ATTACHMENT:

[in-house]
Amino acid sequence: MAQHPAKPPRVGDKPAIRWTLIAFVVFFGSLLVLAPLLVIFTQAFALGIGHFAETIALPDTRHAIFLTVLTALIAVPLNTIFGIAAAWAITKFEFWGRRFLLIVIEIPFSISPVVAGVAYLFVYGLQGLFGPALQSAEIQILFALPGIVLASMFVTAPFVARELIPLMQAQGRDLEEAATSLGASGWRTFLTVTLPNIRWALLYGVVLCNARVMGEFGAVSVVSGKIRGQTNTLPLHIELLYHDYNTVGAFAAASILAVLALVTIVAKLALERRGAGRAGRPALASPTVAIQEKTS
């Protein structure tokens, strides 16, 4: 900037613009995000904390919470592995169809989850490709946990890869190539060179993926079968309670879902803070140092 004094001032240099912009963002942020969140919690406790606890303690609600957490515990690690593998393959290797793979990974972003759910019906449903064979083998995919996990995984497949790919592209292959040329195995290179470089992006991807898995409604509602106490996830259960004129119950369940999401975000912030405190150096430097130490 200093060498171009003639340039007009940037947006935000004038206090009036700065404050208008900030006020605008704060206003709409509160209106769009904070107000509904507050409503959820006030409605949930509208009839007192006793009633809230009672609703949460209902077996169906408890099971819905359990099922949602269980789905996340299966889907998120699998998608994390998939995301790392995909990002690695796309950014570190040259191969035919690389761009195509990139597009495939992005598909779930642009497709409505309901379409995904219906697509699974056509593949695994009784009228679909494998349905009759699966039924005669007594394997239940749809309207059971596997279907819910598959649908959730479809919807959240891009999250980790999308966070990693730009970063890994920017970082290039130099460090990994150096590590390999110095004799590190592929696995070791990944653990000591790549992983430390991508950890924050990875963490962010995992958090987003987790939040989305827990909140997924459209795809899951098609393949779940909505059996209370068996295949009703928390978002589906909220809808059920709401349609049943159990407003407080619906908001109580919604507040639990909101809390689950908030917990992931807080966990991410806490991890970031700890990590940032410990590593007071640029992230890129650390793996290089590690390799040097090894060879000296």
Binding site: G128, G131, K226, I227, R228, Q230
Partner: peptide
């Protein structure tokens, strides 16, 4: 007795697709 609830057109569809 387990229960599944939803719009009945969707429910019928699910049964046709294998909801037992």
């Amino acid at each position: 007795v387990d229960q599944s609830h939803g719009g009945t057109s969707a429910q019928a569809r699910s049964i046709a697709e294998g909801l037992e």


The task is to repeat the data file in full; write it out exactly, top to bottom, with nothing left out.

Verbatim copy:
[in-house]
Amino acid sequence: MAQHPAKPPRVGDKPAIRWTLIAFVVFFGSLLVLAPLLVIFTQAFALGIGHFAETIALPDTRHAIFLTVLTALIAVPLNTIFGIAAAWAITKFEFWGRRFLLIVIEIPFSISPVVAGVAYLFVYGLQGLFGPALQSAEIQILFALPGIVLASMFVTAPFVARELIPLMQAQGRDLEEAATSLGASGWRTFLTVTLPNIRWALLYGVVLCNARVMGEFGAVSVVSGKIRGQTNTLPLHIELLYHDYNTVGAFAAASILAVLALVTIVAKLALERRGAGRAGRPALASPTVAIQEKTS
């Protein structure tokens, strides 16, 4: 900037613009995000904390919470592995169809989850490709946990890869190539060179993926079968309670879902803070140092 004094001032240099912009963002942020969140919690406790606890303690609600957490515990690690593998393959290797793979990974972003759910019906449903064979083998995919996990995984497949790919592209292959040329195995290179470089992006991807898995409604509602106490996830259960004129119950369940999401975000912030405190150096430097130490 200093060498171009003639340039007009940037947006935000004038206090009036700065404050208008900030006020605008704060206003709409509160209106769009904070107000509904507050409503959820006030409605949930509208009839007192006793009633809230009672609703949460209902077996169906408890099971819905359990099922949602269980789905996340299966889907998120699998998608994390998939995301790392995909990002690695796309950014570190040259191969035919690389761009195509990139597009495939992005598909779930642009497709409505309901379409995904219906697509699974056509593949695994009784009228679909494998349905009759699966039924005669007594394997239940749809309207059971596997279907819910598959649908959730479809919807959240891009999250980790999308966070990693730009970063890994920017970082290039130099460090990994150096590590390999110095004799590190592929696995070791990944653990000591790549992983430390991508950890924050990875963490962010995992958090987003987790939040989305827990909140997924459209795809899951098609393949779940909505059996209370068996295949009703928390978002589906909220809808059920709401349609049943159990407003407080619906908001109580919604507040639990909101809390689950908030917990992931807080966990991410806490991890970031700890990590940032410990590593007071640029992230890129650390793996290089590690390799040097090894060879000296």
Binding site: G128, G131, K226, I227, R228, Q230
Partner: peptide
């Protein structure tokens, strides 16, 4: 007795697709 609830057109569809 387990229960599944939803719009009945969707429910019928699910049964046709294998909801037992």
């Amino acid at each position: 007795v387990d229960q599944s609830h939803g719009g009945t057109s969707a429910q019928a569809r699910s049964i046709a697709e294998g909801l037992e």